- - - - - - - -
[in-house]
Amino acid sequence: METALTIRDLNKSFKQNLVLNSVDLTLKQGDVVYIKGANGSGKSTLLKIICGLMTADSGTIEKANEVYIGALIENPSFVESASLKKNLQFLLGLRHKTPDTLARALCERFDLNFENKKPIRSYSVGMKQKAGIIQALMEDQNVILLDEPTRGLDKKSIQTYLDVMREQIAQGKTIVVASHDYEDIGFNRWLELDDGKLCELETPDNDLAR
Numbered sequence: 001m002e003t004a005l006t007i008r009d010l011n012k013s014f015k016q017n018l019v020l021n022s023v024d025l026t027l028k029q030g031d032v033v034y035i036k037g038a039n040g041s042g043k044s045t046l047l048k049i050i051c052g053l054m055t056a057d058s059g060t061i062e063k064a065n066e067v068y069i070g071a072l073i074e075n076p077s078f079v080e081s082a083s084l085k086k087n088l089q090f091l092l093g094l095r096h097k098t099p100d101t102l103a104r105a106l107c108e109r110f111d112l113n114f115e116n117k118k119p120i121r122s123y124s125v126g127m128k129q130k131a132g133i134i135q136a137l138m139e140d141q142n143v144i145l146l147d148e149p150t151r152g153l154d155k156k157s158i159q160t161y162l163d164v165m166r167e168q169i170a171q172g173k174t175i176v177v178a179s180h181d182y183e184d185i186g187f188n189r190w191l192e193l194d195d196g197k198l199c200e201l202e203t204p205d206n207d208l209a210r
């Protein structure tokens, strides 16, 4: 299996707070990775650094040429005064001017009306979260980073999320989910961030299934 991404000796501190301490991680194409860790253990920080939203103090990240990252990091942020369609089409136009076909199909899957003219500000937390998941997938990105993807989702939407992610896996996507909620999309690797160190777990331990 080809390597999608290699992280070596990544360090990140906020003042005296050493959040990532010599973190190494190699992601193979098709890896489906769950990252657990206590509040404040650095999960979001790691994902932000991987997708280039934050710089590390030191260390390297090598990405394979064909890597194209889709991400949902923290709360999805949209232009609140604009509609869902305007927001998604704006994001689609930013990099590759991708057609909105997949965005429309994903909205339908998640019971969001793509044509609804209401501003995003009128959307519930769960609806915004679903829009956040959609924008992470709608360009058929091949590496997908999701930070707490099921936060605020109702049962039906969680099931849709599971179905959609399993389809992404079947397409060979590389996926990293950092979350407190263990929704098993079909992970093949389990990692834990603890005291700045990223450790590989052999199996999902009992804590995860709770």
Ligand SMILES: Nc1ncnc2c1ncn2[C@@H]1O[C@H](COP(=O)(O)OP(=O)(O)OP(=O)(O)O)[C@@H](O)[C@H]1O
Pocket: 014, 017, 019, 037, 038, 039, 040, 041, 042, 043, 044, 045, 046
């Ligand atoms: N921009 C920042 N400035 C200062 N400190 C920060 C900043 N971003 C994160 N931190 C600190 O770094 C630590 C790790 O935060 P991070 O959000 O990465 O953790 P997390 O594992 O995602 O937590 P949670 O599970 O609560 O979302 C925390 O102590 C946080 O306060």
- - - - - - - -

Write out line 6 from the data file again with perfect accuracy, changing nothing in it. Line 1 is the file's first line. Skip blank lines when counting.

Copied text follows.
Pocket: 014, 017, 019, 037, 038, 039, 040, 041, 042, 043, 044, 045, 046